Winners & Losers

This week’s biggest Winners & Losers

Who’s up and who’s down this week?

City & State

All eyes were on Erie (and the sun) this week as citizens around the commonwealth tried to get a glimpse of this week’s solar eclipse. Depending on location and cloud cover, results were varied, but Erie was the only major Pennsylvania city in the eclipse’s path of totality, according to ABC27. The event drew spectators from around the state, including Gov. Josh Shapiro, who used the opportunity to speak about tourism in Erie.

Keep reading for more of this week’s Winners & Losers. 


Eugene DePasquale -

Eugene DePasquale scored a big win this week when he pulled in an endorsement from The Philadelphia Inquirer in this year’s Democratic primary for attorney general. The paper’s editorial board wrote that DePasquale, who spoke with City & State about his campaign in March, is a “proven winner” in statewide elections, adding that as auditor general, DePasquale showed “independence and fairness” in how he approached the job. In a five-way Democratic primary, the endorsement just weeks before the election could give DePasquale a much-needed boost.

Michele Brooks -

Republican state Sen. Michele Brooks picked up a legislative victory this week when the chamber voted 40-10 to pass Senate Bill 975. The bill, sponsored by Brooks, would increase penalties for those who falsely make threats against schools, increasing the grading from a first-degree misdemeanor to a third-degree felony. The legislation comes after schools across the nation, including in Pennsylvania, have experienced so-called “swatting” threats in recent years.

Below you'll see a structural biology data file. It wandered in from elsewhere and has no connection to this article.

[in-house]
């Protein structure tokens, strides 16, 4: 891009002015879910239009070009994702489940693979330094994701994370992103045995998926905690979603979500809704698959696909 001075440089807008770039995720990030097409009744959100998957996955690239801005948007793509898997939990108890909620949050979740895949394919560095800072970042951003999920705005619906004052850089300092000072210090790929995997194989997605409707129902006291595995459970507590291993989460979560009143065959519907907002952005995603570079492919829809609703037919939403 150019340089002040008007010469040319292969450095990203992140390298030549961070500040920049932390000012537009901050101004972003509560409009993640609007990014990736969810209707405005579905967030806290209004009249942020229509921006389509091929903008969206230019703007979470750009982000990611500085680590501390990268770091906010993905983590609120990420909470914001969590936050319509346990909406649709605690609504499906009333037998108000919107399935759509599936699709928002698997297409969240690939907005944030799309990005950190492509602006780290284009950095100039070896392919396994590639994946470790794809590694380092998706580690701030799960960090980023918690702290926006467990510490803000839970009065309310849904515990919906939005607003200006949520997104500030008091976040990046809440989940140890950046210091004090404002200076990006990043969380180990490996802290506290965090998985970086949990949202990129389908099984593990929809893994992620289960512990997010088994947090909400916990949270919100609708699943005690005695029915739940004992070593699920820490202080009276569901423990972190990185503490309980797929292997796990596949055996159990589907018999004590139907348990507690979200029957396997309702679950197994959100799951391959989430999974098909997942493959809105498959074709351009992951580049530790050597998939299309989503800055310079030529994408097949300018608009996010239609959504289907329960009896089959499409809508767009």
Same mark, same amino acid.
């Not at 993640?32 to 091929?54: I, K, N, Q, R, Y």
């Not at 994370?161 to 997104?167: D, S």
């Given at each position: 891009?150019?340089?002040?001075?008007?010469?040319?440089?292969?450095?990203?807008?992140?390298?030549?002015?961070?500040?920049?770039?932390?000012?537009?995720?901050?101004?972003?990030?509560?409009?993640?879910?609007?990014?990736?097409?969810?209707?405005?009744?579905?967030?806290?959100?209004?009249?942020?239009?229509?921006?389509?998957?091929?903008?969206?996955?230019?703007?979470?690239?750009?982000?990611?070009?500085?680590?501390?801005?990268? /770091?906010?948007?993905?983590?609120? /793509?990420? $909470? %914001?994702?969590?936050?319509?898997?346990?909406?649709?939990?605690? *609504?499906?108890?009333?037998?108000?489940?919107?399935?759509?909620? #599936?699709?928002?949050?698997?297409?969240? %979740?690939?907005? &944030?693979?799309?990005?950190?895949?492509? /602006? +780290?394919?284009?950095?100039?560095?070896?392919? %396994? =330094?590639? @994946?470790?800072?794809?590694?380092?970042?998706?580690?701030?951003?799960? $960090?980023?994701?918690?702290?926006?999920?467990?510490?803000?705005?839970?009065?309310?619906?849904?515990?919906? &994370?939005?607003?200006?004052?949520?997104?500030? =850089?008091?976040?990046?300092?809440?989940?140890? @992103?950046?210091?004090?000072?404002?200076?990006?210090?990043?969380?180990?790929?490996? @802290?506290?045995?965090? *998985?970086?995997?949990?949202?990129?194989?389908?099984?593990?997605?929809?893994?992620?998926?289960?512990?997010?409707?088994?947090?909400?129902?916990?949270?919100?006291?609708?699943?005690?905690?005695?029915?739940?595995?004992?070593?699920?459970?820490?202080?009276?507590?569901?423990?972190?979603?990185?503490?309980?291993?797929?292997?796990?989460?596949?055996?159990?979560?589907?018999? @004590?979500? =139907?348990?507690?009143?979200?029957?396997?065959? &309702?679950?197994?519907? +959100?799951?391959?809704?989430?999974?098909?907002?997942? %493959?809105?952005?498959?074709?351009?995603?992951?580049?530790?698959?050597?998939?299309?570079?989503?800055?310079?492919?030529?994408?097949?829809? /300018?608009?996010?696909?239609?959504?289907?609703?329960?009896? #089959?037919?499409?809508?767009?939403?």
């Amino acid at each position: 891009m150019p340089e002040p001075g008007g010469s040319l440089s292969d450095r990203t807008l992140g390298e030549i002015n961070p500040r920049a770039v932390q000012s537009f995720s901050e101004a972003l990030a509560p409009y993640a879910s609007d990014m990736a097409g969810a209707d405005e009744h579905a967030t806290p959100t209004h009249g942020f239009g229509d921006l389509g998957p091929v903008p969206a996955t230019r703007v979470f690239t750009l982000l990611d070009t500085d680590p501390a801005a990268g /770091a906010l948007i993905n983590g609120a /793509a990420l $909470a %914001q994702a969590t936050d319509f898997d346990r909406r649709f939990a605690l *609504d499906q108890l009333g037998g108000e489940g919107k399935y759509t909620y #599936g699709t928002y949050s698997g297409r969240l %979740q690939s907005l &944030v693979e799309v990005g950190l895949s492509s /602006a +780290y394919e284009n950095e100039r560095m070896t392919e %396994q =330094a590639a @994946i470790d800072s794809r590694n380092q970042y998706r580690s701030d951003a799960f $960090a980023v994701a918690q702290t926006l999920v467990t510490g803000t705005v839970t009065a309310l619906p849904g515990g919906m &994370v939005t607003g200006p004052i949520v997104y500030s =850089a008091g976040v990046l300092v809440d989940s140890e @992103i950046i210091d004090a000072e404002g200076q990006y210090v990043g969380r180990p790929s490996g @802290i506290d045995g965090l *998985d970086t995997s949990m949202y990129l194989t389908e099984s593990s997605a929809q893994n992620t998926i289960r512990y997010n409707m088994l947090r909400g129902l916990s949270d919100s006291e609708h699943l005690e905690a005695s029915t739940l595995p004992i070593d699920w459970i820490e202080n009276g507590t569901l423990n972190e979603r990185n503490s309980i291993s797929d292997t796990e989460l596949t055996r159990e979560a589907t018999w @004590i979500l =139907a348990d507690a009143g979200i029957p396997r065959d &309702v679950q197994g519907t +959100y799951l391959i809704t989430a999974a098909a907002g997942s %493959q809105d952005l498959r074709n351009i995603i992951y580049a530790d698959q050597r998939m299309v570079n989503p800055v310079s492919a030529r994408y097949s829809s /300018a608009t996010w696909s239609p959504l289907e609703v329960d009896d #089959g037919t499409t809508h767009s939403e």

Sunday hunters -

The push to expand hunting in Pennsylvania to include more Sundays got a noticeable endorsement from the Pennsylvania Game Commission this week, as lawmakers weigh whether to allow hunting on Sundays – something that is currently limited to three days per year. The bills still have a way to go before becoming law, but according to The Daily Item, the Game Commission fully supports repealing an existing ban on Sunday hunting to align with 39 other states that don’t ban the practice.


Janelle Stelson -

As the Democratic primary race in the 10th Congressional District heats up ahead of the April 23 contest, candidates are bringing out the heavy artillery. Several of front-runner Janelle Stelson’s competitors looked to target the former TV anchor over her residency and her time as a registered Republican. And prior to a candidates’ debate, one of Stelson’s primary opponents, Harrisburg City Councilmember Shamaine Daniels, released an audio clip from a news broadcast that showed Stelson making a racial joke while on air. Stelson has apologized for the remark and said it was “wrong” – while also noting that “Democrats trying to cut down other Democrats in the closing days of the primary is exactly what Scott Perry wants.”

Pennsylvania bridges -

Bridges don’t often make headlines for positive news. The commonwealth’s bridges are ranked second-worst in the nation, with more than 3,000 of Pennsylvania’s bridges in “poor” condition, according to the American Road & Transportation Builders Association. With a renewed focus on bridge safety following the Fern Hollow collapse in Pittsburgh and the recent Key Bridge collapse in Baltimore, it’s clear there’s a gap when it comes to bridge upkeep in recent years. More than half of the state’s 25,400 highway bridges are in “fair condition,” with 13% listed as “poor,” according to a 2023 analysis.

The City of Philadelphia Department of Human Services -

Two nonprofits that conducted child welfare work for the city of Philadelphia have declined to renew their contracts with the city in a move that could cost taxpayers roughly $66 million, The Philadelphia Inquirer reported this week. The two organizations – Turning Points for Children and Tabor Community Partners – are both leaving the city’s “community umbrella agencies” network. Former Philadelphia Department of Human Services Commissioner Cynthia Figueroa told the Inquirer the moves could cause disruptions for “several hundred” families. 

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